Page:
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Apical dominance

From Academic Kids

Understanding the principle of apical dominance is helpful when embarking upon any regimen of tree or other plant management. Plants form new tissue in an area called the meristem, located near the tips of roots and shoots, where active cell division takes place. Meristem growth is aimed at ensuring that leaves are quickly elevated into sunlight, and that roots are able to penetrate deeply into the soil. Once adequate height and length is achieved by the stems and roots, they will begin to thicken to give support to the plant. On the shoots, these growing tips of the plant are known as apical buds.

Missing image
Redtip9845.jpg
Image:Redtip9845.jpg

Severe pruning of Redtip Photinia
removed terminal buds
and stimulated lateral bud growth.

Georgetown, South Carolina,

The apical bud (or tip) produces the growth hormone auxin, which not only promotes cell division, but also diffuses downwards and inhibits the development of lateral bud growth which would otherwise compete with the apical tip for light and nutrients. Removing the apical tip and its suppressive hormone, allows the lower dormant lateral buds to develop, and the buds between the leaf stalk and stem produce new shoots which compete to become the lead growth. Manipulating this natural response to damage (known as the principle of apical dominance) by processes such as pruning (as well as coppicing and pollarding) allows the horticulturist to determine the shape, size and productivity of many fruiting trees and bushes.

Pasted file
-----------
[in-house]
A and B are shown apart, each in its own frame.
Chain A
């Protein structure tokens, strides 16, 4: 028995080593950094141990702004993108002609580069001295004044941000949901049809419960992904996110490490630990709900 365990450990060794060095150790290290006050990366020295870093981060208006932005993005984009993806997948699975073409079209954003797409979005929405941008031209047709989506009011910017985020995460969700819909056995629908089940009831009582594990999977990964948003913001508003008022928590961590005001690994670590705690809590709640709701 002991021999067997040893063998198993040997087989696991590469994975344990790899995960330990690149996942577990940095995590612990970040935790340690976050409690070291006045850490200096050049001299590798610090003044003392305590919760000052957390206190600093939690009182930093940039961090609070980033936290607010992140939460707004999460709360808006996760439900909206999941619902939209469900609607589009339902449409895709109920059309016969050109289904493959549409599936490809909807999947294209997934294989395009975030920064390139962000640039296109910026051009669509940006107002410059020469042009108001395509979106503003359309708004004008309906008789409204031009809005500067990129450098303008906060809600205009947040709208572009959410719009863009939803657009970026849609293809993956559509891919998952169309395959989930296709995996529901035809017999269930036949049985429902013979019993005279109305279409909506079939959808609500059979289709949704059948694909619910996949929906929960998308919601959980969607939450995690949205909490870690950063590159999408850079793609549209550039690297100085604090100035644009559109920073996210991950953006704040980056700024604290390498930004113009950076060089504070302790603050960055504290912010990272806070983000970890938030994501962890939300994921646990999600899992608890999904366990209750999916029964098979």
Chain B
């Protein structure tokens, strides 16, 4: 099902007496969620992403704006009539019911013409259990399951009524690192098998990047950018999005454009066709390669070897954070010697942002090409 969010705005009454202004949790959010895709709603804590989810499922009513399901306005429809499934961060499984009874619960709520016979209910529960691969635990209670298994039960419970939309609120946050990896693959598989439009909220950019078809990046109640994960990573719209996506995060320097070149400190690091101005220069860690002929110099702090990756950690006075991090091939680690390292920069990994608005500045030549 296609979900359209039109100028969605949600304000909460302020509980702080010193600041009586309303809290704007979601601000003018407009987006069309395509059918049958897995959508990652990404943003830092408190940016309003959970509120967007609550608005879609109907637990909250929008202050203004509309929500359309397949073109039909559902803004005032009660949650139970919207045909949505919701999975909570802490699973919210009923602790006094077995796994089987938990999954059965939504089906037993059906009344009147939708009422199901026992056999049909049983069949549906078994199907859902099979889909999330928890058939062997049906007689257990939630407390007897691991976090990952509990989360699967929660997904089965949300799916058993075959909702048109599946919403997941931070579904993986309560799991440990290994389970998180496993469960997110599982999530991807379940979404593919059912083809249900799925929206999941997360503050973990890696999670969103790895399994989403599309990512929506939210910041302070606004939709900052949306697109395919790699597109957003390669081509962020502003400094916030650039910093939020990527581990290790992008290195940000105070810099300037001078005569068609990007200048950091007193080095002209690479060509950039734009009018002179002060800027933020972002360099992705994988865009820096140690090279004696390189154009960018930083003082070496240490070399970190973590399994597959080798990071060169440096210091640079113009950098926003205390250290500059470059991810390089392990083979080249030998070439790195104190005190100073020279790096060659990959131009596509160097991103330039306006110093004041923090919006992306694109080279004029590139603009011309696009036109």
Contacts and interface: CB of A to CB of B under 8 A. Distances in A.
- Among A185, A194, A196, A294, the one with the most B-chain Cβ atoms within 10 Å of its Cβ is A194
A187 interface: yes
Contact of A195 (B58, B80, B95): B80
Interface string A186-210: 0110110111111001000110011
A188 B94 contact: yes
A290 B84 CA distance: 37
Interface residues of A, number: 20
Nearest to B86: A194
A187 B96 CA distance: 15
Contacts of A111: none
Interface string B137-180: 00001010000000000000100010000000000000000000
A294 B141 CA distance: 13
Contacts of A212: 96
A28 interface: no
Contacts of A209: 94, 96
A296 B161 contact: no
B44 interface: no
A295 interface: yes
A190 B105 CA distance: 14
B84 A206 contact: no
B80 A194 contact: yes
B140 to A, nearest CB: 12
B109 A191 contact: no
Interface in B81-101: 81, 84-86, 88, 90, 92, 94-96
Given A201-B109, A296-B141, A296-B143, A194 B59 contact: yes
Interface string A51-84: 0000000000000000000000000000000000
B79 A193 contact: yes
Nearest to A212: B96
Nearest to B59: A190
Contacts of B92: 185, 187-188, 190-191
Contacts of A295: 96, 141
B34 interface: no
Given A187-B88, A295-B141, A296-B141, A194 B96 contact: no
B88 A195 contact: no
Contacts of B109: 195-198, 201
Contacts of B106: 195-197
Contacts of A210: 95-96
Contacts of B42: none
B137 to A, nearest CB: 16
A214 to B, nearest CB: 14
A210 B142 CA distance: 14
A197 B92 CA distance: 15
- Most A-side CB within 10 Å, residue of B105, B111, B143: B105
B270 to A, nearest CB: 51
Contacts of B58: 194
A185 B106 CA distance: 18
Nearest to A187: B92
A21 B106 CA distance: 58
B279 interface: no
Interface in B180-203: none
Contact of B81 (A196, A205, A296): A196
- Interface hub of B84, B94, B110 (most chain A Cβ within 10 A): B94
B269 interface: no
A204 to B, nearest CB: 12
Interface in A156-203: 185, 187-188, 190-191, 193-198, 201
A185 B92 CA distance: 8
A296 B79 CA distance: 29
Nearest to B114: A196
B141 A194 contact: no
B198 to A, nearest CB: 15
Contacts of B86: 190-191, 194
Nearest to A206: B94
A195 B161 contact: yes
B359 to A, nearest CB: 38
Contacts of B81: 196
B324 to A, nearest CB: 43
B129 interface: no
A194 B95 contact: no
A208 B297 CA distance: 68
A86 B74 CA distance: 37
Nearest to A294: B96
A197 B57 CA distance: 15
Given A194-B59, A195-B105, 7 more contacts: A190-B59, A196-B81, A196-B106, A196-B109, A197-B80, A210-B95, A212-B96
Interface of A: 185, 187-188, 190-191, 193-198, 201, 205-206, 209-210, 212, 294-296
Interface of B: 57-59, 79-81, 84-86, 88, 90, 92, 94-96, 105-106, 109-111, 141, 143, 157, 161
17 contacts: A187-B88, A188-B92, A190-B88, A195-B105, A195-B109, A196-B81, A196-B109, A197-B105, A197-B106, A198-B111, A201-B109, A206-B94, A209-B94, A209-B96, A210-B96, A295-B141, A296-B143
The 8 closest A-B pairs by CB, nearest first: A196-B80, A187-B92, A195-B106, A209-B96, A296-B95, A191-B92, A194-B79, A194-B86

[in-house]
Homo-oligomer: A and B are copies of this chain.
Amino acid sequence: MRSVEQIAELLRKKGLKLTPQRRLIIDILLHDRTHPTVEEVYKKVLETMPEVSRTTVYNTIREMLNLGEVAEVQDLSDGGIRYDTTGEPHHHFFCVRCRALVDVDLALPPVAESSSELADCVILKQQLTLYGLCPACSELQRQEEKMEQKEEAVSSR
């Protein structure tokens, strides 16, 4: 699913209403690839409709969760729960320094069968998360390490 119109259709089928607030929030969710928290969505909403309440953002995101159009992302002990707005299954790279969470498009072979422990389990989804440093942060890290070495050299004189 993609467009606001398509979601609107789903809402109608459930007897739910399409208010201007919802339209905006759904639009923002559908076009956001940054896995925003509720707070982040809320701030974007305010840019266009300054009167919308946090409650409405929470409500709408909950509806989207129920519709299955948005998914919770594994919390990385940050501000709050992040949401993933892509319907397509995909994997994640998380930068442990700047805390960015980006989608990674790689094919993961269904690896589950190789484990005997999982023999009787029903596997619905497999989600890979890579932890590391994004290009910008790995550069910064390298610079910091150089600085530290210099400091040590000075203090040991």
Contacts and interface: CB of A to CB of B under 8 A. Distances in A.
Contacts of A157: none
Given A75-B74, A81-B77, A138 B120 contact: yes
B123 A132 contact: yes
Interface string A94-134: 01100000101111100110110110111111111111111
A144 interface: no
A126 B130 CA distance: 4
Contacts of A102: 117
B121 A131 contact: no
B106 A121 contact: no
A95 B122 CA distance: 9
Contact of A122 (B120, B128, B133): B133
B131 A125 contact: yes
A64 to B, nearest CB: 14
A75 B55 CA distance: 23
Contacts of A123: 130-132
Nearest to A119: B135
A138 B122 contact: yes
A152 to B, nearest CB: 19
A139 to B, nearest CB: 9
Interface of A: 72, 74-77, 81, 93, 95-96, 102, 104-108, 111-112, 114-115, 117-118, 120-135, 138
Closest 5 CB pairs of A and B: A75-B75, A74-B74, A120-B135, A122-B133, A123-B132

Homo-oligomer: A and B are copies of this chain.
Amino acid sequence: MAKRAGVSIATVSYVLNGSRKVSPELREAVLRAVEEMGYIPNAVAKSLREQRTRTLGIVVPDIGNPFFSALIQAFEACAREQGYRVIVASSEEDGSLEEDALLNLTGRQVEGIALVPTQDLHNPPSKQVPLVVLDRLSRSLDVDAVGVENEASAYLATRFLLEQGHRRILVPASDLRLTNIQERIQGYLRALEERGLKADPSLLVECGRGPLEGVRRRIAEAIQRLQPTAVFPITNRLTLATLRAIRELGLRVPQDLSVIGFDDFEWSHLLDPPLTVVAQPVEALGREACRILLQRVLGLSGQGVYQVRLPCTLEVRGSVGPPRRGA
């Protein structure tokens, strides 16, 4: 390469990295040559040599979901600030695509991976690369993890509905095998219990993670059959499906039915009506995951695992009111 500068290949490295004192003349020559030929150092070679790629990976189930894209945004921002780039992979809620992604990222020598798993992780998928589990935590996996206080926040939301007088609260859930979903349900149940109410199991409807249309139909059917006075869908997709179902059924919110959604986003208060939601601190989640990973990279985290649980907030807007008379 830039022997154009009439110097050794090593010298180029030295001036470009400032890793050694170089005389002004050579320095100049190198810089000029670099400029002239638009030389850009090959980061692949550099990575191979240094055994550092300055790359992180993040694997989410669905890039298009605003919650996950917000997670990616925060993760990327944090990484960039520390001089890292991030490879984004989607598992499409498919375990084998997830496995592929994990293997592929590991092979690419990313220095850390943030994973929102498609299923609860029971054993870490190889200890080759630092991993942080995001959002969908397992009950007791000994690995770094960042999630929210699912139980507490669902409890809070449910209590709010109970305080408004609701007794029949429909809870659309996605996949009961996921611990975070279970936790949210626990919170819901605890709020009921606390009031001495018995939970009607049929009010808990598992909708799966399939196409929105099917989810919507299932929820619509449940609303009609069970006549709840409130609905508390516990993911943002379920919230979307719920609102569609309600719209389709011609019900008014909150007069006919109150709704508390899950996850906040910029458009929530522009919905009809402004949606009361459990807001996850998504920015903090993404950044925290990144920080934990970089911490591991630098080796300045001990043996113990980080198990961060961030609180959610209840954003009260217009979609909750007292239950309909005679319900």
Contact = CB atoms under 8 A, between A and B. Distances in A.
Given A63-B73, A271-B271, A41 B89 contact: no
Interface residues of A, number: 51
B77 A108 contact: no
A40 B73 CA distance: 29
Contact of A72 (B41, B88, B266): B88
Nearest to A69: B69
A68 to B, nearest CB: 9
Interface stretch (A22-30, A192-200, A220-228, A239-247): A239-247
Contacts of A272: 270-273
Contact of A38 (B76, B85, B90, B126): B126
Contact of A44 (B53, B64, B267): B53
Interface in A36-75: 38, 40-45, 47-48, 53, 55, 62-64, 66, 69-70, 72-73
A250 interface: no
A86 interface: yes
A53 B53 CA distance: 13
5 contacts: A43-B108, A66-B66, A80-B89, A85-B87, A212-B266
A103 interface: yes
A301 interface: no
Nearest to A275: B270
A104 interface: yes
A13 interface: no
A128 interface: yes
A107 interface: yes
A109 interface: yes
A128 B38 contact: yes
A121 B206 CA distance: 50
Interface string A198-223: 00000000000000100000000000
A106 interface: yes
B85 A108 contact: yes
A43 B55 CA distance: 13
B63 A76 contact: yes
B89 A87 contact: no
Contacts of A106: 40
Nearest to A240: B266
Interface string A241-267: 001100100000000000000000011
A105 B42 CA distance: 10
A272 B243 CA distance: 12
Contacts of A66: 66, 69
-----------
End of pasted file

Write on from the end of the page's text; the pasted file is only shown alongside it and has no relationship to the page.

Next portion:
Some fruit trees have strong apical dominance, and young trees can become "leggy," with poor side limb development. One can reduce the apical dominance in this case, or in cases where limbs are broken off by accident, but cutting off the auxin flow above side buds that one wishes to stimulate. This is often done by orchardists for young trees. Select the bud along the leader (stem) where one desires a side branch to develop, or where one already is present, but growing too weakly. With a sharp knife make a horizontal cut about a half inch above it, just deep enough to break the cambium layer, and only about a quarter of the way around the stem. This breaks the flow of auxins that had suppressed its growth. Later, when a bud breaks, it can be trained or pruned as needed.

Occasionally strong apical dominance is advantageous, as in the "Ballerina" apple trees. These trees are intended to be grown in small gardens, and their strong apical dominance combined with a dwarfing rootstock gives a compact narrow tree with very short fruiting side brances.

See also Pruning fruit treesde:Apikaldominanz

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